Yes. Some people say that they only eat to live. I live to eat. I love food. There are few things as pleasurable as a fantastic meal in a great restaurant with a fine glass of wine. I still do that, but now I just do that less. To me, it is so sad when I see people who really love food give it up. I think that we all just need to learn a healthy moderation and not completely deprive ourselves of something we love.
What do you eat for breakfast, lunch and dinner?
I try, try to eat breakfast, but honestly, it doesn’t always happen. With a baby and a business to run, I am busy. So I try to at least eat something like a bowl of plain oatmeal with a banana or raisin bran with skim milk. If I am in a real rush, I will have a Cliff bar.
For lunch, I like a sandwich of turkey breast, tomato, lettuce and sprouts on whole grain. If I am being really strict, I will eat only half the bread and never mayonnaise and cheese. Sometimes I have a simple salad with chicken that I may have grilled the day before.
For dinner, my husband and I like soups, stews and chilis, so I make them a lot [see recipe sidebar]. Since a big bowl of lettuce is not very exciting, so I will top it with grilled pork, chicken or fish and other vegetables. Sometimes I make pizza with whole-wheat dough and low fat mozzarella.
What about caffeine?
I drink coffee and diet soda. I drink my coffee with skim milk and Splenda. Not great, I know. But sometimes I like something sweet on my palate and it works for me and gets the job done. I love, love, love flavored creamers but have given them up. We still have them in the fridge, because my husband likes them, but now I have almost completely given them up.
Do you snack?
I try to eat something every few hours. But the reality is that I have a small child and a business and sometimes I look up and it is five o’clock and I realize that I haven’t eaten anything all day.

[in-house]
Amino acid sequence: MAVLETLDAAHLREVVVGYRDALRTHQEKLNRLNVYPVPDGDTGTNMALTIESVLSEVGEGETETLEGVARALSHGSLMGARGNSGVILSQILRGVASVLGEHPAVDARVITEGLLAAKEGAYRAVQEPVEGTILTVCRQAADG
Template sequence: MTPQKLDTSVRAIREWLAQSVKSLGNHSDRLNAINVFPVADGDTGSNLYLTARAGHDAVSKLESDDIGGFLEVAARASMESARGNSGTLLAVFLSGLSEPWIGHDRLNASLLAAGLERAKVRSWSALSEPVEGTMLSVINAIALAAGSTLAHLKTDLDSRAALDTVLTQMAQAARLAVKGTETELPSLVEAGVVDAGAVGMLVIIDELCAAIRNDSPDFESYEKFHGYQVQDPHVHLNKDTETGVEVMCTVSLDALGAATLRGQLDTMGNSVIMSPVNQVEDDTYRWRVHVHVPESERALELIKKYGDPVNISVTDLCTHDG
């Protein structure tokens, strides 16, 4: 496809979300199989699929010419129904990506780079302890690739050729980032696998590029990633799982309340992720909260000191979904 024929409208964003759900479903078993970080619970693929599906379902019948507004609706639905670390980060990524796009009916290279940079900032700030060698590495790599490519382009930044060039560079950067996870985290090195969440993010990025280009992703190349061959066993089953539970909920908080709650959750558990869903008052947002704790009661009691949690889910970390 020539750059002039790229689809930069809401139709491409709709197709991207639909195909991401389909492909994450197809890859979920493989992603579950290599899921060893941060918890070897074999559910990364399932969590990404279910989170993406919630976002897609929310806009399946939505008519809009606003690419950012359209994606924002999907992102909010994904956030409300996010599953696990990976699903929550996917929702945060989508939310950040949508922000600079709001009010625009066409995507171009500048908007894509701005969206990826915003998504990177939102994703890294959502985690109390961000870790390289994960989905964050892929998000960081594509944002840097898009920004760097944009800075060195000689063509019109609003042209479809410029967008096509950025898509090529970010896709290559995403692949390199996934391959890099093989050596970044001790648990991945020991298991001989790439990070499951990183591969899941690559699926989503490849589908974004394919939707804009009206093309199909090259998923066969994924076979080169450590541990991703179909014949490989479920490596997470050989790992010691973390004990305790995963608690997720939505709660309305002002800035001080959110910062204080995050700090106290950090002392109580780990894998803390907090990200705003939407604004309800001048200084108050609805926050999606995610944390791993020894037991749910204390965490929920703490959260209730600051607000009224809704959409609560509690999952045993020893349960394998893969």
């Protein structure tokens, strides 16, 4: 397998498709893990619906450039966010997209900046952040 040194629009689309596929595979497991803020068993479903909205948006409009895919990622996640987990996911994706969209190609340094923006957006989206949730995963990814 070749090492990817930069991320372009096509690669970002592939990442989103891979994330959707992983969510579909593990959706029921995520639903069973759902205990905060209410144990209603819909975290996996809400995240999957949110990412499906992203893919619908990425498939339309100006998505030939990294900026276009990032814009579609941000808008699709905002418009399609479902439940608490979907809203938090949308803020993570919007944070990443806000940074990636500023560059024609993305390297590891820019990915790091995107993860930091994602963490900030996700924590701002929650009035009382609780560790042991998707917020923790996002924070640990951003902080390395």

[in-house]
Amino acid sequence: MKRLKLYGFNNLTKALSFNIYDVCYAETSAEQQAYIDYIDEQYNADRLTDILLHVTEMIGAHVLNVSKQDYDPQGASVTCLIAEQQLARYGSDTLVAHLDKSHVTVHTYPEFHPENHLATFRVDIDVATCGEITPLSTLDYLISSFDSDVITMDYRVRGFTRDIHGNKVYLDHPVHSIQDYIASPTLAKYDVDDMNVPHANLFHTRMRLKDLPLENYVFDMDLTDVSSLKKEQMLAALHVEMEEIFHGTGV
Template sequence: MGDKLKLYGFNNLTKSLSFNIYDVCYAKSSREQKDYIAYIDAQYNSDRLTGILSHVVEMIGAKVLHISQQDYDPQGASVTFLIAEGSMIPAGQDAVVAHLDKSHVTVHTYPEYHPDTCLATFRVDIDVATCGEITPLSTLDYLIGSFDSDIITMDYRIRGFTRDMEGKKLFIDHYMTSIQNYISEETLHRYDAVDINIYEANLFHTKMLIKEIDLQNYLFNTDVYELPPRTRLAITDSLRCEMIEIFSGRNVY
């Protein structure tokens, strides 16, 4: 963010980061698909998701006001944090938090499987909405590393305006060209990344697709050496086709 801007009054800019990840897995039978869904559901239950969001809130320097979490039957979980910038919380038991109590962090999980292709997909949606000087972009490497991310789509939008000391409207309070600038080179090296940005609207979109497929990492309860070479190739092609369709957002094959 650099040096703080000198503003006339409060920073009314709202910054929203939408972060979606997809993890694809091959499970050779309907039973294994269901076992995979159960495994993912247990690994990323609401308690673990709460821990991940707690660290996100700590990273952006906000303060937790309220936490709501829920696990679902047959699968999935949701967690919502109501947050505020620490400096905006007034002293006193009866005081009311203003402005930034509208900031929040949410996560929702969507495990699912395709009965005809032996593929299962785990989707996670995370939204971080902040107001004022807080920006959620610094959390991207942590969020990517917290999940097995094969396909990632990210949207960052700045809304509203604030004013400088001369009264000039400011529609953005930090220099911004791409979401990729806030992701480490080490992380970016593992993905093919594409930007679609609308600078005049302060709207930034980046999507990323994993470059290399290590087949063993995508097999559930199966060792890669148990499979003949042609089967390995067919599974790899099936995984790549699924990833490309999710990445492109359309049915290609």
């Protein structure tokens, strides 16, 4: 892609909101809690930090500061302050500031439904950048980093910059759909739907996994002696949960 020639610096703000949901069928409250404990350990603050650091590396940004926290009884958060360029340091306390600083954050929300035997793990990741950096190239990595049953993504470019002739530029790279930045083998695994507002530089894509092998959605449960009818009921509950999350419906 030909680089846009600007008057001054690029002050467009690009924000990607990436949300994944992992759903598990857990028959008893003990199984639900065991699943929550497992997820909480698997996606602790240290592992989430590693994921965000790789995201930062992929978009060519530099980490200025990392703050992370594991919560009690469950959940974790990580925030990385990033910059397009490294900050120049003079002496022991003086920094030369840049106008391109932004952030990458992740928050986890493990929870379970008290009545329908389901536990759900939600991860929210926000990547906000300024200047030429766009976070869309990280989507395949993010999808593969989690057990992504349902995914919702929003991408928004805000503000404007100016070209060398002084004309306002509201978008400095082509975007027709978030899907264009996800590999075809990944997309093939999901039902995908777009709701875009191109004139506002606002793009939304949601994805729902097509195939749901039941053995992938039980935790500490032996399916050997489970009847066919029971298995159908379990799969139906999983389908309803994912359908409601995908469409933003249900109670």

Do you eat out or order in?
With our lifestyle, and the weird hours I work, we do eat out. But we are careful there too. My husband and I really like Vietnamese food and are big fans of Pho Golden Bowl in Manchester. The food is so healthy low-calorie, low-fat and no sugar — and absolutely delicious.
We also like sushi at Yuki on South Willow Street. But we stay away from Thai and Chinese because there are a lot of added fats.
Some foods may come off as healthy, but if the sandwich leaves a mark across the wrapper, it is not a good sign.
What food mistakes do you see your students make?
Deprivation. I have a bowl of candy in the studio. It is filled with tiny Snickers bars and Starbursts. I get a lot of comments about the candy from my students. They wonder why I would have junk food for them. But I tell them, “You have worked your body hard. If you want a tiny candy bar, have it, it is not going to kill you.”
I believe in balance. If you enjoy something and are not happy without it, it is bad to deprive yourself. It is sad. And feeling angry because you are denying yourself is a mistake.
I don’t like hearing my students say “never again” when it comes to food.
How will you feed your daughter?
She is four months old, so she is not eating yet. But my husband and I have talked about it and feel strongly that everything that we do now, we need to do better for her. So I think we may go totally organic. The environment is completely out of our control. So we are leaning towards eating completely organic for her.
How do you manage sticking to your food plan at parties?
I will eat dinner before I go and load up on shrimp cocktail or the garnish. Yes that’s right, while everyone else is eating cheese and crackers, I will eat the grapes..